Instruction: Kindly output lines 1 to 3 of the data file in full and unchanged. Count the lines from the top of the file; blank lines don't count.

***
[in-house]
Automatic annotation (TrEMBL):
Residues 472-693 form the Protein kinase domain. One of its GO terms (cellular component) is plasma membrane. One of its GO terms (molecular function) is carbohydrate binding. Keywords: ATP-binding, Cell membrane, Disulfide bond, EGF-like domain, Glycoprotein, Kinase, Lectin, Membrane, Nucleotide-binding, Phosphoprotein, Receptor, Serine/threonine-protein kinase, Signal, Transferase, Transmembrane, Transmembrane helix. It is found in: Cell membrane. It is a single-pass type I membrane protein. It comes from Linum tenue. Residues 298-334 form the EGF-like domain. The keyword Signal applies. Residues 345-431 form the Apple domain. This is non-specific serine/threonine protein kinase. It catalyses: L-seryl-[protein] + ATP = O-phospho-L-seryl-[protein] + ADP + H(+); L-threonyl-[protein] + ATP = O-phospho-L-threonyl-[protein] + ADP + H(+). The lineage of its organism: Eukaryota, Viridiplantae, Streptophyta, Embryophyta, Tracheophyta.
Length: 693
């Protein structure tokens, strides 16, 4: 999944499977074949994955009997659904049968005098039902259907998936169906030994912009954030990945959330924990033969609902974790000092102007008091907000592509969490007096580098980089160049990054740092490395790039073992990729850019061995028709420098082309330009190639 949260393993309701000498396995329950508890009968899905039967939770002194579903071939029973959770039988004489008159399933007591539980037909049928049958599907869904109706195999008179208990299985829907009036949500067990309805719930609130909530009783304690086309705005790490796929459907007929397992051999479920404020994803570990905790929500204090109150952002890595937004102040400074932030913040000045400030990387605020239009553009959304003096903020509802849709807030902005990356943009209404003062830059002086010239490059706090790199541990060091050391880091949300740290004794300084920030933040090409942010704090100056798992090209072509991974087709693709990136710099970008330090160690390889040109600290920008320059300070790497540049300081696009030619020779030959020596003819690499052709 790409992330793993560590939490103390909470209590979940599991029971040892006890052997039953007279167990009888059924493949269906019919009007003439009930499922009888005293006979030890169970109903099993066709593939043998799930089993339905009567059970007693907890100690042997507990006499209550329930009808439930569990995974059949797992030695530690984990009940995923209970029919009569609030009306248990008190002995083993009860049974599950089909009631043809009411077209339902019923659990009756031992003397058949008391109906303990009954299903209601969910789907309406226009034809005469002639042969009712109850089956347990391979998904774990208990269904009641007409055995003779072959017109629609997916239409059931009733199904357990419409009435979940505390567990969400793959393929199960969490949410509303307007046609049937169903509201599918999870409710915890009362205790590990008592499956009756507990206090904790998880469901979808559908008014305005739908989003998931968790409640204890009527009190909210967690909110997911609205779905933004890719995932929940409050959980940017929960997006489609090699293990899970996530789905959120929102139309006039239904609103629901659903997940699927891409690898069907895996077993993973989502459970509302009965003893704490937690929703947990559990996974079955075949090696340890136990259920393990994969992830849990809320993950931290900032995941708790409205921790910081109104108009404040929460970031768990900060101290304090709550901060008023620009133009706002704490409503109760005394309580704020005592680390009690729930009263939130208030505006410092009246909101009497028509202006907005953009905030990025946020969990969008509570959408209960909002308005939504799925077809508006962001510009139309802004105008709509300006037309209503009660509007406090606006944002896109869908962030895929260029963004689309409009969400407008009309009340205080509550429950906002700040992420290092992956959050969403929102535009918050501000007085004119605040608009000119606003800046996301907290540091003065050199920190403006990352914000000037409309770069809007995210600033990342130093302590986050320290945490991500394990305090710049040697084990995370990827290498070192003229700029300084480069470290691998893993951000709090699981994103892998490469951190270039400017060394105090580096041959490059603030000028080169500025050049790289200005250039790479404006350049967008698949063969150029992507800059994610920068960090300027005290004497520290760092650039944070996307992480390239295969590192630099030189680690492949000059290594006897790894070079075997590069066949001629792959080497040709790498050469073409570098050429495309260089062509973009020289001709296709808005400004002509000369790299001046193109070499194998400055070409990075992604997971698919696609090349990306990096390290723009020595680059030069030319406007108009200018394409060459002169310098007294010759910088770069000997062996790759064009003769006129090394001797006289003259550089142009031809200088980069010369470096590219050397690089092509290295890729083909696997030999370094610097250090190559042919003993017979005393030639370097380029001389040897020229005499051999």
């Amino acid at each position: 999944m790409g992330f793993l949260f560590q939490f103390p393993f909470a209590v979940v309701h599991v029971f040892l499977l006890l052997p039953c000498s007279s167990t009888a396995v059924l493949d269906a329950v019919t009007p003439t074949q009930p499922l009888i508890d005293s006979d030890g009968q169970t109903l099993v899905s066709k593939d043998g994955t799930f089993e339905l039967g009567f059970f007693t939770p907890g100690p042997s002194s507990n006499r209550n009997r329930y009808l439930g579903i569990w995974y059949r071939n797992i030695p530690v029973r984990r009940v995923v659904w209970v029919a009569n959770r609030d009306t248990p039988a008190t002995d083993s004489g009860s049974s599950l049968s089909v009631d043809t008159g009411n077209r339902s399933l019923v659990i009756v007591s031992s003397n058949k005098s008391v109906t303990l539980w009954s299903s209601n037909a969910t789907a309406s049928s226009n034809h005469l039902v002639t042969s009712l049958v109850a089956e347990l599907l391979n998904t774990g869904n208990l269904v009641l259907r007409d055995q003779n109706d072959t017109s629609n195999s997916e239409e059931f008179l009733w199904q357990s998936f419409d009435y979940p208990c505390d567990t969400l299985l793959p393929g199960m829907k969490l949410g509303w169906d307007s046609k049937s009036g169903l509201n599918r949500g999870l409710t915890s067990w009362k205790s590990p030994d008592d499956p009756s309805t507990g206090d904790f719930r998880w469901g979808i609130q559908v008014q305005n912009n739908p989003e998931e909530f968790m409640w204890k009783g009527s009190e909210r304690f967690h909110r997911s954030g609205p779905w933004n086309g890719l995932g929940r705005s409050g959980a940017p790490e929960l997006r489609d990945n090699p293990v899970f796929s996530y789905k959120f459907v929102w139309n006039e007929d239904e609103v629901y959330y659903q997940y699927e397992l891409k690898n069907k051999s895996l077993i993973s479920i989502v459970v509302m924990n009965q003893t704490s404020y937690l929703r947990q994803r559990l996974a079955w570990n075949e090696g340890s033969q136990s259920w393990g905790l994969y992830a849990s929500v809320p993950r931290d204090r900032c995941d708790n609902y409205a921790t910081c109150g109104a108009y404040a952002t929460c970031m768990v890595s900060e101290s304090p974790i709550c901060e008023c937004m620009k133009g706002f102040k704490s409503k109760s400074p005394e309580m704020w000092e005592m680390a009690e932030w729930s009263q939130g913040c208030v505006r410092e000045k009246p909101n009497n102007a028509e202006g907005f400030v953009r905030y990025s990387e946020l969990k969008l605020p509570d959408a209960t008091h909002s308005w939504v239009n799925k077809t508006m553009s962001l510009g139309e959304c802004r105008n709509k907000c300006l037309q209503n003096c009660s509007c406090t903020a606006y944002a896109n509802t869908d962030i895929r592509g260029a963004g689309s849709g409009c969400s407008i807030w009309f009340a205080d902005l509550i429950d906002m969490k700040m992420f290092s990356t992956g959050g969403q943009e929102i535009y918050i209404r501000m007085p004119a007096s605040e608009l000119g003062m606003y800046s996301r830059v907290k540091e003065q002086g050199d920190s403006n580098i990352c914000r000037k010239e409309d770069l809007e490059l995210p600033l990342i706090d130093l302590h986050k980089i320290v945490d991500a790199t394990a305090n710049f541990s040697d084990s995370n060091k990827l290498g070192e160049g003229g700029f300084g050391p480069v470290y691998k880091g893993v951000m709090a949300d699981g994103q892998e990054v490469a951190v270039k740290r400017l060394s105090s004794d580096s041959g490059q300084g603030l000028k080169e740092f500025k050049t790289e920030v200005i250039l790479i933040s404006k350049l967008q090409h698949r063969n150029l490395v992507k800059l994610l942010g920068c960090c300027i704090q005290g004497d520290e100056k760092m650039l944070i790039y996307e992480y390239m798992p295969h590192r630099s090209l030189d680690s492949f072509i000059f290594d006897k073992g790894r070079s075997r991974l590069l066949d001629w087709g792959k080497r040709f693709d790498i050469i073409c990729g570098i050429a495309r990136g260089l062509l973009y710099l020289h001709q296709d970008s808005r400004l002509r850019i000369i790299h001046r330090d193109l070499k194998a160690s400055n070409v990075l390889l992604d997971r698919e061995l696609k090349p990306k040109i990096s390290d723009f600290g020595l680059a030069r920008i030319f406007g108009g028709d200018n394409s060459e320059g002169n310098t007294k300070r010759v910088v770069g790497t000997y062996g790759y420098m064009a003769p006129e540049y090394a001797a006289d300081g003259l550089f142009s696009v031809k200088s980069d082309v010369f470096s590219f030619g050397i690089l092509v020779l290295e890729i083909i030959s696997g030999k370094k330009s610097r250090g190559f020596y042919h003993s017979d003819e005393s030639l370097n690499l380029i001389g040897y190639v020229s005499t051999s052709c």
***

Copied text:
[in-house]
Automatic annotation (TrEMBL):
Residues 472-693 form the Protein kinase domain. One of its GO terms (cellular component) is plasma membrane. One of its GO terms (molecular function) is carbohydrate binding. Keywords: ATP-binding, Cell membrane, Disulfide bond, EGF-like domain, Glycoprotein, Kinase, Lectin, Membrane, Nucleotide-binding, Phosphoprotein, Receptor, Serine/threonine-protein kinase, Signal, Transferase, Transmembrane, Transmembrane helix. It is found in: Cell membrane. It is a single-pass type I membrane protein. It comes from Linum tenue. Residues 298-334 form the EGF-like domain. The keyword Signal applies. Residues 345-431 form the Apple domain. This is non-specific serine/threonine protein kinase. It catalyses: L-seryl-[protein] + ATP = O-phospho-L-seryl-[protein] + ADP + H(+); L-threonyl-[protein] + ATP = O-phospho-L-threonyl-[protein] + ADP + H(+). The lineage of its organism: Eukaryota, Viridiplantae, Streptophyta, Embryophyta, Tracheophyta.